With the 2014 season on the brink, Oklahoma State offensive coordinator Mike Yurcich is ready for his second year at the helm after coaching a powerful offensive squad a year ago.
Yurcich and most of the Cowboys’ coaching staff attended the annual media golf outing on Wednesday at Karsten Creek. He, along with the other assistant coaches, talked about the upcoming season.
“Every offense is going to be a little bit different from year to year, depending on the personnel,” Yurcich said. “I think you learn a little bit more about the players, because you’ve known them for a longer time. You know a little bit more about the coaches you work with because you’re around them a little bit longer. All of those things factor into one more year of experience.”
Head coach Mike Gundy is happy to have Yurcich back on staff this fall.
“Like any other coach or player, experience is invaluable and the comfort level of settling in and really understanding Oklahoma State's offense and the direction that we want to go,” Gundy said. “And we've taken pride in trying to develop an offense each year that fit what the strength would be of our quarterback play and also the ability we have to get the ball to players to make a play on the perimeter. So I would say that he's more comfortable and has adjusted to being and competing at this level.”
In 2013, Yurcich’s offense was a high-scoring machine, averaging 39.8 points per game as one of the nation’s best offenses. However, the Cowboys lost several key players from that squad, including four All-Big 12 players in Parker Graham, Clint Chelf, Kye Staley and Josh Stewart.
Yurcich and the Cowboys are preparing for the upcoming season without those players in a conference known for its offensive firepower. Yurcich begins his second season in NCAA Division I football with question marks, but he feels confident about the squad that will call Boone Pickens Stadium home this fall.
“Football is football,” Yurcich said. “The Big 12 is unique because of the spread offenses. The defensive coordinators in this league are really well versed and ahead of the curve in most of the spread game, even though it’s now being played almost everywhere.”
Yurcich’s 2013 offense ranked 14th nationally during the regular season. The Cowboys scored 40 or more points six times and 50 or more points four times.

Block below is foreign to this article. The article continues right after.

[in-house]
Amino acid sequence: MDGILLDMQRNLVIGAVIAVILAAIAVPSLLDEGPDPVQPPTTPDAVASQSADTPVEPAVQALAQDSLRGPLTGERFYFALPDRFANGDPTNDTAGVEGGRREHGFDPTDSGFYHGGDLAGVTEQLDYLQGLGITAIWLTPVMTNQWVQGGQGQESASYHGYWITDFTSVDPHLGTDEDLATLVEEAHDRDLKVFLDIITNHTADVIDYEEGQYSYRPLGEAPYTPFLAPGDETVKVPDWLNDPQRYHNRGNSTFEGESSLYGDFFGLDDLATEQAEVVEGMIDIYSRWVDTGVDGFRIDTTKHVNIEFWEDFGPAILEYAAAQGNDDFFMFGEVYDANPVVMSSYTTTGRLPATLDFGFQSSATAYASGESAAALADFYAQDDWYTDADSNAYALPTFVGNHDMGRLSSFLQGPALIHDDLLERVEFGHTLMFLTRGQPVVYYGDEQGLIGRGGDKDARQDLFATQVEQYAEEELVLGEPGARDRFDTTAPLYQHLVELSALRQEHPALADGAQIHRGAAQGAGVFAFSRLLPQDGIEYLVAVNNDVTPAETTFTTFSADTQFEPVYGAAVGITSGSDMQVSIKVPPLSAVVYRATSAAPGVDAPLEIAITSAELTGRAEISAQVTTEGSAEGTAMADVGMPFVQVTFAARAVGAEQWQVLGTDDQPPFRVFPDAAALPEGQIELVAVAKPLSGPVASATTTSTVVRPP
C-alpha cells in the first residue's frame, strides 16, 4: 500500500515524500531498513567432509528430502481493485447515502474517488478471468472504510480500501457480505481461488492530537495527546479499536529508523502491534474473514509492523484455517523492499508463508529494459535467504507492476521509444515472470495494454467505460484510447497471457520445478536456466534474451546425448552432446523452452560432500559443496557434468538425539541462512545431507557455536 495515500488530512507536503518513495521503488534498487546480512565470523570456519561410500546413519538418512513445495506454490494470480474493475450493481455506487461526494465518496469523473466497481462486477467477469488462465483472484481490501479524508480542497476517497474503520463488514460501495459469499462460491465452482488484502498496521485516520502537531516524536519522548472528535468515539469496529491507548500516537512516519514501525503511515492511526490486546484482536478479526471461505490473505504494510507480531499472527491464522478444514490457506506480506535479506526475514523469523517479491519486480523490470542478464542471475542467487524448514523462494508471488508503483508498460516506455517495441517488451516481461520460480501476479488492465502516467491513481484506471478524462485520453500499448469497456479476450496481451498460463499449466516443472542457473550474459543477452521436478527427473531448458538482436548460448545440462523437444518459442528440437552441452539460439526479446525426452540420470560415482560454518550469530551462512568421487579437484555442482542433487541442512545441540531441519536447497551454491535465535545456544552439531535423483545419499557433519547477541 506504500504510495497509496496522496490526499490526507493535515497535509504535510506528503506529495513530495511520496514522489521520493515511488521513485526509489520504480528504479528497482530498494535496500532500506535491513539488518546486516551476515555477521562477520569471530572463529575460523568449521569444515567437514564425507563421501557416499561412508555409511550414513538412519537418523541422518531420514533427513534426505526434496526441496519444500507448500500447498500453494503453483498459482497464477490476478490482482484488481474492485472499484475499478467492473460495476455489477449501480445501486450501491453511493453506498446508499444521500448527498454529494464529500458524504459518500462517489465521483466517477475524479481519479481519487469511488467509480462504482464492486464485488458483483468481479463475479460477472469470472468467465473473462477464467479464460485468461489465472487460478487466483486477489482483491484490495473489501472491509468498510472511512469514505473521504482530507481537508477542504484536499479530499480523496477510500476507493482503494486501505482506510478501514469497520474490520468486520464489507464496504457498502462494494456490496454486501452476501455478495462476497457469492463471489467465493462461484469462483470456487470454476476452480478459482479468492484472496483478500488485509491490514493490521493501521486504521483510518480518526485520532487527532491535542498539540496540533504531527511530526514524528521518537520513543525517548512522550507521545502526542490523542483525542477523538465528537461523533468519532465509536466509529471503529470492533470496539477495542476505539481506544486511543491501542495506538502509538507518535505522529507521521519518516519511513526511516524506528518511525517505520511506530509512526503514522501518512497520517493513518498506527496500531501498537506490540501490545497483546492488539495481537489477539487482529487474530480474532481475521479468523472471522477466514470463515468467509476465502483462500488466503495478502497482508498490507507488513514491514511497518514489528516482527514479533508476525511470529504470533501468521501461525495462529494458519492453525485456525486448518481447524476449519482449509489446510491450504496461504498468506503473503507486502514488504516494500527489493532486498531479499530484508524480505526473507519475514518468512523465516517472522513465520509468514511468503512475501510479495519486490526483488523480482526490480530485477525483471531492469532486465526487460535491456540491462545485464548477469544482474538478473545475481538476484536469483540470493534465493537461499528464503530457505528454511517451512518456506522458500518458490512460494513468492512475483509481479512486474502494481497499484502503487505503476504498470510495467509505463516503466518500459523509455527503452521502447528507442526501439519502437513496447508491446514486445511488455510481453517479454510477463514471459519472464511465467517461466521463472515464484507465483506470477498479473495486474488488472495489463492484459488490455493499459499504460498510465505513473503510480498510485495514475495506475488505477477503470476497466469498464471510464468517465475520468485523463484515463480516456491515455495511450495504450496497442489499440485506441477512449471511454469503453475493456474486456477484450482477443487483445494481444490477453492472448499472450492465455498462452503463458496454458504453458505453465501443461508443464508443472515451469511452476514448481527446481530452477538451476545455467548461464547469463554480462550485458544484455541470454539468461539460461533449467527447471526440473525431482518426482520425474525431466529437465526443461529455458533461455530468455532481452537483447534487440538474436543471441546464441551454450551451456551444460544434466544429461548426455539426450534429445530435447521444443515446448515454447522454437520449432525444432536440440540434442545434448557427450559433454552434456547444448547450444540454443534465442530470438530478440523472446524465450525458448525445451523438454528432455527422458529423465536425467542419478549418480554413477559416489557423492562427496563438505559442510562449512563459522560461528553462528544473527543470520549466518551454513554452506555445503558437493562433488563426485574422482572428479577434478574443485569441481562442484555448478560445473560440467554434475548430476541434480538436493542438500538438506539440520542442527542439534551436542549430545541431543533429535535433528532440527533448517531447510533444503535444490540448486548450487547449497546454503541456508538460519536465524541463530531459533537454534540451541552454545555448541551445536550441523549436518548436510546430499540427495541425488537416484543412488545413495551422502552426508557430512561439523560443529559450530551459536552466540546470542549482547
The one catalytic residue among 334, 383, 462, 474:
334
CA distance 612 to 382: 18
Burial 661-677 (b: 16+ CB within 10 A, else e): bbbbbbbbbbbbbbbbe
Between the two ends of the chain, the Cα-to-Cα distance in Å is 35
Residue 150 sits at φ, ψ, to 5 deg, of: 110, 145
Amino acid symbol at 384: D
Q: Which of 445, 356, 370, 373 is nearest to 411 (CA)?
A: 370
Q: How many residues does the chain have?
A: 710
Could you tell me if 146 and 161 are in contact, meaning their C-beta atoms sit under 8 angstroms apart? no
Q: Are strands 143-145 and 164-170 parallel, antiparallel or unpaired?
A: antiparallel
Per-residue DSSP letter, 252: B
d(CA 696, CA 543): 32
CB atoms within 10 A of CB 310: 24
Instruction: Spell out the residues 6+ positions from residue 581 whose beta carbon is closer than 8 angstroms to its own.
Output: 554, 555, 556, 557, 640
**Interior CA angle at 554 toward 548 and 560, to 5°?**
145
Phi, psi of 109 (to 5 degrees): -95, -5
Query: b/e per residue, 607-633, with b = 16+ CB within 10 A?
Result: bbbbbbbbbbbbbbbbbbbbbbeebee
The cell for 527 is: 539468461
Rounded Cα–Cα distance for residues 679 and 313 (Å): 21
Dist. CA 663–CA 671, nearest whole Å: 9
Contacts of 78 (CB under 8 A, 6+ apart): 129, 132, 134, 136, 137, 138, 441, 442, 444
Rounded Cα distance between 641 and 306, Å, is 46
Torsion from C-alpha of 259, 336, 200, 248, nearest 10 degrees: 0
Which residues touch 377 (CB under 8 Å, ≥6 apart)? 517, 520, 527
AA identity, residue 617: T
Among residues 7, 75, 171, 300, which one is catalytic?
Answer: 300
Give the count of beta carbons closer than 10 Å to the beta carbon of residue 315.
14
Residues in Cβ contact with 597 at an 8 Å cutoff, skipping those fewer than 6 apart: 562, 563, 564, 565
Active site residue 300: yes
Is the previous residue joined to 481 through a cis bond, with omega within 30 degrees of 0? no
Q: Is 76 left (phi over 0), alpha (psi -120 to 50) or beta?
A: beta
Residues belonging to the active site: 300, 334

In addition to racking up big point totals during Yurcich's first year, the Cowboys also ranked among the national elite in terms of ball security, leading the Big 12 and ranking 15th in the country by committing only 15 turnovers and leading the Big 12 and ranking third nationally by losing only four fumbles.
His first year resulted in OSU recording its sixth-best season in school history for scoring offense, the fifth-best season in school history for passing offense and the ninth-best season in school history for rushing touchdowns.
This year’s Cowboys team will try and duplicate or improve from last year’s successful campaign. The Cowboys will be young at wide receiver and a starting quarterback hasn’t been named, but Yurcich says he’s adjusting the offense a bit to fit personnel, like any coach does year to year.
“You just kind of recycle a bit,” Yurcich said. “We’re not going to morph into a totally new offense, but you have to play to your personnel strengths. Really time is going to tell on that – whether it’s through camp, week one or week two to see where your strengths are from a personnel standpoint, evaluating your strengths and then gearing your offense toward those. That’s an important part of the process.”
The Cowboys begin their season at 7 p.m. Aug. 30 at AT&T Stadium in Arlington, Texas, against defending national champion Florida State. Their progress during spring football gave Yurcich a promising glimpse at how successful his offense could be this fall.
“We do have some inexperience at some positions, but we do have a lot of guys who have been in the system and understand the system well,” Yurcich said. “That’s really important to becoming a smarter offense every day. Being organized and communicating is very important part of my job description.
“Those are the controllable things that we work really hard on during a day-to-day basis. We have a lot of talent around and our players really enjoy playing the game of football. They come to practice with an excitement and with a great effort level. With that, you’re going to get great results.”